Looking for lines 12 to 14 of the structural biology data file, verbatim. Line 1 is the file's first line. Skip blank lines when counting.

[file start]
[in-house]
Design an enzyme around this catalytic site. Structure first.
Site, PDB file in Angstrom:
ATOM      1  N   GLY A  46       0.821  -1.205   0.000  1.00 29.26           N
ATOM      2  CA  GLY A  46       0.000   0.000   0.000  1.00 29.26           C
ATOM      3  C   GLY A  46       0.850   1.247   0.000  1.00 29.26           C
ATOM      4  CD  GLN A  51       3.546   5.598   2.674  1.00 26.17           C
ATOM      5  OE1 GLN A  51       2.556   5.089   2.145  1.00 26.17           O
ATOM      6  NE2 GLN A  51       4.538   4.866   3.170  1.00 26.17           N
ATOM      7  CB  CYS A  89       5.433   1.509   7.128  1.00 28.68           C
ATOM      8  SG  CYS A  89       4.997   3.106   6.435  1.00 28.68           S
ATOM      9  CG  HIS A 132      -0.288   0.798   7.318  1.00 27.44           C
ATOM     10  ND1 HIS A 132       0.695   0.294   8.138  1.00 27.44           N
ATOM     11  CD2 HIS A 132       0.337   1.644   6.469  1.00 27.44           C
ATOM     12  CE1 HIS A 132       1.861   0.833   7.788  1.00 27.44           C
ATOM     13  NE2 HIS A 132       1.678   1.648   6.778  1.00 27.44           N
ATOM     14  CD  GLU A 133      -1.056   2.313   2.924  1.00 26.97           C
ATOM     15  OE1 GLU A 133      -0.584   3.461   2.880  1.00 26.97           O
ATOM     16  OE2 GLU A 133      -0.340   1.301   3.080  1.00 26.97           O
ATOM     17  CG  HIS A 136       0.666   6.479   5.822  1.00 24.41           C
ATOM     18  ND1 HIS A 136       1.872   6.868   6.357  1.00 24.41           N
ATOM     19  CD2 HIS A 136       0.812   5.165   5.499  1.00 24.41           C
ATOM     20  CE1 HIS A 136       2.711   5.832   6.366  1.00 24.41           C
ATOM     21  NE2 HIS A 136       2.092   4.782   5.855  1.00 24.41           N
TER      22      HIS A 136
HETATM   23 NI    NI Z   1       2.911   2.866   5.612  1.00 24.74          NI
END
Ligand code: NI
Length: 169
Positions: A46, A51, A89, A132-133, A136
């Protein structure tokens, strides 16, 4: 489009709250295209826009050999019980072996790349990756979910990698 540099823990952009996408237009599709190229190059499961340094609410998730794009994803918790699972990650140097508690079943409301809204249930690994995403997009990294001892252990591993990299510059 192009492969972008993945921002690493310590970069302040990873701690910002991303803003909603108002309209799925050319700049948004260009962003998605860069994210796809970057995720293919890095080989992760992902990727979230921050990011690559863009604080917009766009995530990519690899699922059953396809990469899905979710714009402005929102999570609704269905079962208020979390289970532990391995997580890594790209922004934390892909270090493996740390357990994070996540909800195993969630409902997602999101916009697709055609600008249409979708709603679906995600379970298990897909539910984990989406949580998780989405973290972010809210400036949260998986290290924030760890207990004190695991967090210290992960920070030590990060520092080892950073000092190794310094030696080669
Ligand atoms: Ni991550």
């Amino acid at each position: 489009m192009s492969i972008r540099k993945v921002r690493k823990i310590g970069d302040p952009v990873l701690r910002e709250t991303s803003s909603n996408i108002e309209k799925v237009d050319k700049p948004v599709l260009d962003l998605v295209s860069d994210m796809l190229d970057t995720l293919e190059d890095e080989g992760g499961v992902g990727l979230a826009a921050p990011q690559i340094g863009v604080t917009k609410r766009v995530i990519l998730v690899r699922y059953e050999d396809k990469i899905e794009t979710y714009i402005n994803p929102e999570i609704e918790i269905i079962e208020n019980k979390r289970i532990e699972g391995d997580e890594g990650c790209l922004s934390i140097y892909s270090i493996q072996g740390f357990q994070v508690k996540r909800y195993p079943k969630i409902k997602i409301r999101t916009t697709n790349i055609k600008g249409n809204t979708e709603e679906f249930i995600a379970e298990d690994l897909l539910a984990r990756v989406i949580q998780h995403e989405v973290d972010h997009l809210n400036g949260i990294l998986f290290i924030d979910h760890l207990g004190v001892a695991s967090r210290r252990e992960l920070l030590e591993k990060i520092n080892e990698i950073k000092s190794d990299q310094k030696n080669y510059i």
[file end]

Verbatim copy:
ATOM      9  CG  HIS A 132      -0.288   0.798   7.318  1.00 27.44           C
ATOM     10  ND1 HIS A 132       0.695   0.294   8.138  1.00 27.44           N
ATOM     11  CD2 HIS A 132       0.337   1.644   6.469  1.00 27.44           C